But as Louisiana produce came close to extinction at this, the country's oldest open-air marketplace, and when tchotchkes threatened to supplant all crafts, the people of New Orleans rose to action. Last year, for example, the French Market Corp. instigated a revitalization. The Crescent City Farmers Market now sets up shop at the French Market every Wednesday. And Steve Kudelich opened Cafe de Mello, a creperie, on French Market Place.
As you enter Cafe de Mello, passing between the sidewalk tables and beneath a brick archway, you inhale the golden scent of sizzling batter radiating from two crepe irons. The creperie doesn't close between breakfast and lunch, which attracts a steady flow of weary shoppers; there's always someone licking a plate clean of lemon gel filling or cutting into a cloud of whipped cream.
If there's a collective culinary subconscious in New Orleans, it was in high gear when Cafe de Mello opened six months ago -- roughly the era when Crepes a la Carte appeared Uptown, and when Dickie Brennan fired up the irons at The Creperie of Bourbon House. Local culinary traditions have long included the svelte French pancake (note Galatoire's idiosyncratic grape jelly-filled Crepes Maison), but single-minded creperies are a novelty.
While it's statistically implausible, the creperies' near-simultaneous openings were coincidental. As if to prove their independence, each one approaches the crepe differently. Over-stuffed is the best description for the comestibles at Crepes a la Carte, a corner walk-up store; cooks slide the one-meal fold-ups into triangular cardboard holders to combat floppiness. At The Creperie of Bourbon House, a hole-in-the-wall dispensing crepes as street food, seasonal fruit, housemade preserves and high-quality cheeses top the short list of fillers; the crepes are leaner here and come wrapped in parchment. Cafe de Mello is the sole sit-down creperie of the three; many of its crepes are named for familiar dishes, like the desirable Lasagna Crepe smothered in a rich, bolognese-type sauce, and the Thai Stir Fry Crepe wrapped around crisp vegetables and a sickly sweet peanut butter sauce.
Like in Europe, the three creperies have fluctuating philosophies on whether to sizzle the crepes to order or to cook them ahead of time to be reheated on the iron when an order rolls in. Both methods are authentic, and a once-cooled, leathery crepe may be better able to contain moist fillings like melted butter and Nutella. Still, it's an awful tease for a customer to see a hot crepe iron, to smell the batter browning, and then to be served a reheated crepe whose flavor is no longer toasty, whose body no longer springs and whose edges are no longer crisp.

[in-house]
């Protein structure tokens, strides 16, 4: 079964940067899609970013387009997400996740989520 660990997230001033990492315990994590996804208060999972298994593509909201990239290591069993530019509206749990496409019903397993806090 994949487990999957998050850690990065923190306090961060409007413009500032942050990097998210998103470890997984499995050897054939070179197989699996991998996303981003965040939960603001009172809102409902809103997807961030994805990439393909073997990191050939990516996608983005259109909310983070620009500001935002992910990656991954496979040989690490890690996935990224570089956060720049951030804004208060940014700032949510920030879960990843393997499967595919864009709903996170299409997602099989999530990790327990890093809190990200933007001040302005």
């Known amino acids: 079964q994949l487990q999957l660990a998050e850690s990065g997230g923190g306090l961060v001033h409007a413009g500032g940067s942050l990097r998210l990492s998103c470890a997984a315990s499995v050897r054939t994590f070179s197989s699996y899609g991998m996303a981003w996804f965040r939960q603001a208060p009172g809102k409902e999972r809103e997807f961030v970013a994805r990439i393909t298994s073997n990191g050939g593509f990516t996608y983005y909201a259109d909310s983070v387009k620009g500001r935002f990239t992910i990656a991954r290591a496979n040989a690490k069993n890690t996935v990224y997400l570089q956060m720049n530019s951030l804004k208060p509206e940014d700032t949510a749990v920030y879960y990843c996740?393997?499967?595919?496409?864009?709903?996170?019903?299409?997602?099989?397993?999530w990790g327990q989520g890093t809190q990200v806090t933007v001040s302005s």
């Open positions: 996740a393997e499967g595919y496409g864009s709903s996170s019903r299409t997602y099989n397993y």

All the crepes I tried at Cafe de Mello had been reheated, some of them not so thoroughly; to their credit, the thin, pliant skins of cooked batter never tasted old. The crepes' faint egginess lends to super breakfast preparations, like huevos rancheros and crepes Benedict. Topped with fresh salsa, the former curls around black beans and a thin sheet of scrabbled eggs; the latter is like an envelope containing sliced ham and a sunny-side up egg, sealed with a gloppy hollandaise sauce that's surprisingly light and lemony.
Others are satisfactory but fall short of remarkable. A little salt could improve the potato and Gruyere filling. Spinach and artichoke filling is, like most spinach and artichoke dips, satisfyingly creamy but bland. The Brazilian crepe incorporates banana, pineapple, ham, ricotta cheese and cashews; a literal sum of its parts, it's neither as freakish nor as titillating as it sounds. Sweet crepes filled with syrup-preserved peaches will pack greater pleasure when ripe Louisiana peaches are no longer for sale at the French Market.
Much like the French Market itself, Cafe de Mello's structure mixes contemporary and vintage aesthetics. Kudelich and his wife, Andrea, carved the space of natural light, robin's egg-blue paint and white tile out of a dank, refrigerated produce warehouse. They found cork insulation, a half-dime dating from 1852 and antique wine bottles along the way, and they retained the original building's skylight and brick walls. Francisco de Melo Palheta, who introduced the first coffee beans to Brazil, inspired the cafe's name. The phonetic implication is also intentional, and Cafe de Mello can be a mellow place indeed if you don't mind that the full service is sometimes less than full (I had to leave my table for coffee refills, to add to orders and to fetch the bill). Whatever its shortcomings, Cafe de Mello -- like Crepes a la Carte and The Creperie of Bourbon House -- is an inexpensive, refreshing addition to the eating scene. Typical of most successful culinary trends in New Orleans, which almost by necessity nod to tradition, it also feels like something that should have been here all along.